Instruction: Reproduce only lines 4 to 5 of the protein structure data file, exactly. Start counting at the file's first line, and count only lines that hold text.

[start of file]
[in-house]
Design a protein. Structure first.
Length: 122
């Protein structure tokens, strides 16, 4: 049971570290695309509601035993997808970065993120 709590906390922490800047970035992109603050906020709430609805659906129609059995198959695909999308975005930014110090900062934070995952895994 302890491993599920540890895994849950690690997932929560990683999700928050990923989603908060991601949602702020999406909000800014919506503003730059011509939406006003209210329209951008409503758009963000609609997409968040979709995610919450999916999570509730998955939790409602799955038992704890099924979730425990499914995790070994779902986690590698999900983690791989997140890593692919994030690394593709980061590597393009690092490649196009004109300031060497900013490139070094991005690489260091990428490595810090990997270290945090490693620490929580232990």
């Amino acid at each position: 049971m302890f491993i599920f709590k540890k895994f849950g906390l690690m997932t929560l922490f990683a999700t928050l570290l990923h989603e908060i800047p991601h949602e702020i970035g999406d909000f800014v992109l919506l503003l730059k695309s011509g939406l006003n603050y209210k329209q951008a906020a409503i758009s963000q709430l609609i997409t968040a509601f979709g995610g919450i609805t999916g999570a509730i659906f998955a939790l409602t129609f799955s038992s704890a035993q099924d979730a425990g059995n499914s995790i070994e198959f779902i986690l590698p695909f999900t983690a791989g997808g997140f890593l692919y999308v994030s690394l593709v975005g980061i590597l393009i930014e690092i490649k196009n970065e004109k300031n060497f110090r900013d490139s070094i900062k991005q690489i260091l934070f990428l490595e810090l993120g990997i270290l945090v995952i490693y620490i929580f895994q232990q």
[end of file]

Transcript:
């Protein structure tokens, strides 16, 4: 049971570290695309509601035993997808970065993120 709590906390922490800047970035992109603050906020709430609805659906129609059995198959695909999308975005930014110090900062934070995952895994 302890491993599920540890895994849950690690997932929560990683999700928050990923989603908060991601949602702020999406909000800014919506503003730059011509939406006003209210329209951008409503758009963000609609997409968040979709995610919450999916999570509730998955939790409602799955038992704890099924979730425990499914995790070994779902986690590698999900983690791989997140890593692919994030690394593709980061590597393009690092490649196009004109300031060497900013490139070094991005690489260091990428490595810090990997270290945090490693620490929580232990």
């Amino acid at each position: 049971m302890f491993i599920f709590k540890k895994f849950g906390l690690m997932t929560l922490f990683a999700t928050l570290l990923h989603e908060i800047p991601h949602e702020i970035g999406d909000f800014v992109l919506l503003l730059k695309s011509g939406l006003n603050y209210k329209q951008a906020a409503i758009s963000q709430l609609i997409t968040a509601f979709g995610g919450i609805t999916g999570a509730i659906f998955a939790l409602t129609f799955s038992s704890a035993q099924d979730a425990g059995n499914s995790i070994e198959f779902i986690l590698p695909f999900t983690a791989g997808g997140f890593l692919y999308v994030s690394l593709v975005g980061i590597l393009i930014e690092i490649k196009n970065e004109k300031n060497f110090r900013d490139s070094i900062k991005q690489i260091l934070f990428l490595e810090l993120g990997i270290l945090v995952i490693y620490i929580f895994q232990q």